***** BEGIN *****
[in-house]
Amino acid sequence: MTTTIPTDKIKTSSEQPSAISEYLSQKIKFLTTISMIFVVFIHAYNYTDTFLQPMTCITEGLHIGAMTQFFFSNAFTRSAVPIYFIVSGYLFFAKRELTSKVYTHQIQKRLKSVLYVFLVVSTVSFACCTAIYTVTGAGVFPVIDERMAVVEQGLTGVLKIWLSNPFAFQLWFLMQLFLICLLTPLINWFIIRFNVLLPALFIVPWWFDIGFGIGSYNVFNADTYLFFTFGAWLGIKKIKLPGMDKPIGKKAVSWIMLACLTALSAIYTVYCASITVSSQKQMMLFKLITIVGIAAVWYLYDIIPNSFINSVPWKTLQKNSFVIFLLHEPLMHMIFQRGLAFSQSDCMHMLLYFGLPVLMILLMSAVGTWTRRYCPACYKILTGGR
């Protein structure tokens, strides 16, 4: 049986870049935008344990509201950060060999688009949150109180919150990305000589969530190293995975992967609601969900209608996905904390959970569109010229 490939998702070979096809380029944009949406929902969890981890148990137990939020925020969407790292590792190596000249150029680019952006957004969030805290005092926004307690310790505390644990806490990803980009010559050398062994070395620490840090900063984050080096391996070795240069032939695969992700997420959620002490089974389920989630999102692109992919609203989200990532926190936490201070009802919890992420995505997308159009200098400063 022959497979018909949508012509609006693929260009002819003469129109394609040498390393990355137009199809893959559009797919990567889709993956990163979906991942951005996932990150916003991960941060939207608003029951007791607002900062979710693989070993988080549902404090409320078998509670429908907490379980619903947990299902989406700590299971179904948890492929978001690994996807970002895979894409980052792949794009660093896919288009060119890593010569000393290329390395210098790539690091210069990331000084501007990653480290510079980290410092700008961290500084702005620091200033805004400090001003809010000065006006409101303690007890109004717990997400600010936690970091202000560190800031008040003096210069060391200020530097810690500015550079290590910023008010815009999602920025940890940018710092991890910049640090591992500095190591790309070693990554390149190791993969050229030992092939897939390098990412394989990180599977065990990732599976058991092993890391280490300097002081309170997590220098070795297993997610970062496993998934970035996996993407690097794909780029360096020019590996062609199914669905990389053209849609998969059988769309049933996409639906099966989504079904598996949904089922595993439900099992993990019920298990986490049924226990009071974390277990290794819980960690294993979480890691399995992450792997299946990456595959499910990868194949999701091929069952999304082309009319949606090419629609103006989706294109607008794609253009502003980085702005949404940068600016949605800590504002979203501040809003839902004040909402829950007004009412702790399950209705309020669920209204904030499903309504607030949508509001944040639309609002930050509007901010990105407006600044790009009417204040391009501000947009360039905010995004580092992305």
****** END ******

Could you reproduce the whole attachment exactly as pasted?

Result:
[in-house]
Amino acid sequence: MTTTIPTDKIKTSSEQPSAISEYLSQKIKFLTTISMIFVVFIHAYNYTDTFLQPMTCITEGLHIGAMTQFFFSNAFTRSAVPIYFIVSGYLFFAKRELTSKVYTHQIQKRLKSVLYVFLVVSTVSFACCTAIYTVTGAGVFPVIDERMAVVEQGLTGVLKIWLSNPFAFQLWFLMQLFLICLLTPLINWFIIRFNVLLPALFIVPWWFDIGFGIGSYNVFNADTYLFFTFGAWLGIKKIKLPGMDKPIGKKAVSWIMLACLTALSAIYTVYCASITVSSQKQMMLFKLITIVGIAAVWYLYDIIPNSFINSVPWKTLQKNSFVIFLLHEPLMHMIFQRGLAFSQSDCMHMLLYFGLPVLMILLMSAVGTWTRRYCPACYKILTGGR
């Protein structure tokens, strides 16, 4: 049986870049935008344990509201950060060999688009949150109180919150990305000589969530190293995975992967609601969900209608996905904390959970569109010229 490939998702070979096809380029944009949406929902969890981890148990137990939020925020969407790292590792190596000249150029680019952006957004969030805290005092926004307690310790505390644990806490990803980009010559050398062994070395620490840090900063984050080096391996070795240069032939695969992700997420959620002490089974389920989630999102692109992919609203989200990532926190936490201070009802919890992420995505997308159009200098400063 022959497979018909949508012509609006693929260009002819003469129109394609040498390393990355137009199809893959559009797919990567889709993956990163979906991942951005996932990150916003991960941060939207608003029951007791607002900062979710693989070993988080549902404090409320078998509670429908907490379980619903947990299902989406700590299971179904948890492929978001690994996807970002895979894409980052792949794009660093896919288009060119890593010569000393290329390395210098790539690091210069990331000084501007990653480290510079980290410092700008961290500084702005620091200033805004400090001003809010000065006006409101303690007890109004717990997400600010936690970091202000560190800031008040003096210069060391200020530097810690500015550079290590910023008010815009999602920025940890940018710092991890910049640090591992500095190591790309070693990554390149190791993969050229030992092939897939390098990412394989990180599977065990990732599976058991092993890391280490300097002081309170997590220098070795297993997610970062496993998934970035996996993407690097794909780029360096020019590996062609199914669905990389053209849609998969059988769309049933996409639906099966989504079904598996949904089922595993439900099992993990019920298990986490049924226990009071974390277990290794819980960690294993979480890691399995992450792997299946990456595959499910990868194949999701091929069952999304082309009319949606090419629609103006989706294109607008794609253009502003980085702005949404940068600016949605800590504002979203501040809003839902004040909402829950007004009412702790399950209705309020669920209204904030499903309504607030949508509001944040639309609002930050509007901010990105407006600044790009009417204040391009501000947009360039905010995004580092992305």